As far as I’m aware, H.P. Lovecraft singlehandedly created the “weird horror” genre. His writing depicts things so advanced that we can never hope to understand them, monsters that terrify us not because they’ll kill us, but because they’re so far above us on the food chain that they don’t even seem to care about us. While most horror authors scare us with things that hunt us down, Lovecraft scares us with things that exist that shouldn’t.
At The Mountains of Madness is the second collection of his that I’ve read, a series of short stories. I didn’t like this one as much as some other stories, mostly because this collection featured some of his longest stories – several were about a hundred pages long. That’s a short novel to me.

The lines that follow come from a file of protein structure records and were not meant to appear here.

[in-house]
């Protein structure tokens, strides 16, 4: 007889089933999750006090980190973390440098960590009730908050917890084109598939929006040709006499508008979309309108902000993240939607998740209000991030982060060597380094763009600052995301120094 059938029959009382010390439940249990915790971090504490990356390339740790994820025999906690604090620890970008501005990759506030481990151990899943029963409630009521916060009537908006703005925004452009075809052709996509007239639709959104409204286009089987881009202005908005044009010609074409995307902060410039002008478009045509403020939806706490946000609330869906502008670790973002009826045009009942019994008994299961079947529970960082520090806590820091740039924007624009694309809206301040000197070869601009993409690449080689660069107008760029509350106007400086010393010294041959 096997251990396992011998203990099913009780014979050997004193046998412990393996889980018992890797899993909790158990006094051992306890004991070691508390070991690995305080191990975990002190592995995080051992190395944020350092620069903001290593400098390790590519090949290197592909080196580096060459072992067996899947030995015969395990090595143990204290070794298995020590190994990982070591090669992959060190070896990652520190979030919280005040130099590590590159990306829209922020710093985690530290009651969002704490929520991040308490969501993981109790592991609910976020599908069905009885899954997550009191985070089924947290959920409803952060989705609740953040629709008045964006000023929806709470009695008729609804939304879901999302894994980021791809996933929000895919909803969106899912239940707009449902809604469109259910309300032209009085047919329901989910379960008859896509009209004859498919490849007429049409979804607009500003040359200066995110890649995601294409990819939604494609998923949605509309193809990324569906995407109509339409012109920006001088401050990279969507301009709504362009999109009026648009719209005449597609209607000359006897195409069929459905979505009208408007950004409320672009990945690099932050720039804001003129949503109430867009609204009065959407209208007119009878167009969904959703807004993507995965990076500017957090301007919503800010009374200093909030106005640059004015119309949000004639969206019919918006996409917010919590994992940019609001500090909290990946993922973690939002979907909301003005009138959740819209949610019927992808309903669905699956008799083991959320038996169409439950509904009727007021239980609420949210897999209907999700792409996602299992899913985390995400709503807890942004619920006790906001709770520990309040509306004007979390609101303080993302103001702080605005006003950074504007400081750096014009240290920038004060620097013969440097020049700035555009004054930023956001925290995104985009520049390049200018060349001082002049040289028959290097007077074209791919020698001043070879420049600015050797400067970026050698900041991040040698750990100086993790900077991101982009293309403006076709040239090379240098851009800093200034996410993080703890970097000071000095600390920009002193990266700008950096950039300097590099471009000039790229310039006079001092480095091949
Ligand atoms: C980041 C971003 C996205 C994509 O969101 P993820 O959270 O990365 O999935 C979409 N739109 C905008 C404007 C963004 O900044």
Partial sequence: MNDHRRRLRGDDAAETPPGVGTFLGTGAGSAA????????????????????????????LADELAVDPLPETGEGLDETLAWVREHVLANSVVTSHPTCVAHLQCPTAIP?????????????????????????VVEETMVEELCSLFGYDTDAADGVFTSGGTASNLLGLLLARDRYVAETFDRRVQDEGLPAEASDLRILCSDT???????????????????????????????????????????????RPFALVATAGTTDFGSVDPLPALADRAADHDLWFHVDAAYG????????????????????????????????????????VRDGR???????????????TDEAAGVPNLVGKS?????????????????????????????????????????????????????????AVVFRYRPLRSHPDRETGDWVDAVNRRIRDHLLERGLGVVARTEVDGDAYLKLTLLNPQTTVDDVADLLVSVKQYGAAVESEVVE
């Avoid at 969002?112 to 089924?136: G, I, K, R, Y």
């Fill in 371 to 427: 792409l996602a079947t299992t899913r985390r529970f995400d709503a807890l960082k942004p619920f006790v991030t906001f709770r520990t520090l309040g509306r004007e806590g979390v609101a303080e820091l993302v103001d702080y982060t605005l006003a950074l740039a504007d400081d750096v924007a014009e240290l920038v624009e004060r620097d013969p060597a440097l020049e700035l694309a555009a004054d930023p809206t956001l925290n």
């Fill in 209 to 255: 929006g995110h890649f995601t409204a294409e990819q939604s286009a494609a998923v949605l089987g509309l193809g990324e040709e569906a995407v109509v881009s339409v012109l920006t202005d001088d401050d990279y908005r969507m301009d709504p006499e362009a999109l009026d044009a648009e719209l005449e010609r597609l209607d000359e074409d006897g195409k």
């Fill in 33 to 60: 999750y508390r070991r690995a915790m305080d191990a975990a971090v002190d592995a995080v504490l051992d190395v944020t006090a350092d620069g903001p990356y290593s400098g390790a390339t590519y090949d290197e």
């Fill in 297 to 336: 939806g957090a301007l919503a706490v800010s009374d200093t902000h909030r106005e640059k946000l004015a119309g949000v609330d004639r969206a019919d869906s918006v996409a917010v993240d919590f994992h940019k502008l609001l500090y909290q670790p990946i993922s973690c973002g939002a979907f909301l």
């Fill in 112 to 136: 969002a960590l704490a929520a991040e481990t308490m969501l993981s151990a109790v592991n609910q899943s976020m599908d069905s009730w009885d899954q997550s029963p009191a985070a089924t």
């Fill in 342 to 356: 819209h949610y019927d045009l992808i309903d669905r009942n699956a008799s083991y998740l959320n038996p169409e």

Aside from the ridiculous length, I did find a new favorite story: The Thing on the Doorstep. In true Lovecraft fashion, it was a very predictable horror story that I thought I understood until the last few paragraphs. He doesn’t take you on twists and turns all along the way; he saves it all up for one last punch at the end.
I would not recommend this book to anyone who’s looking for an easy read. It’s not. But if you’re looking to find out where our modern horror came from, or if you’re looking for some sophisticated, science-fiction-y goosebumps, go for it. It’s a classic. ♦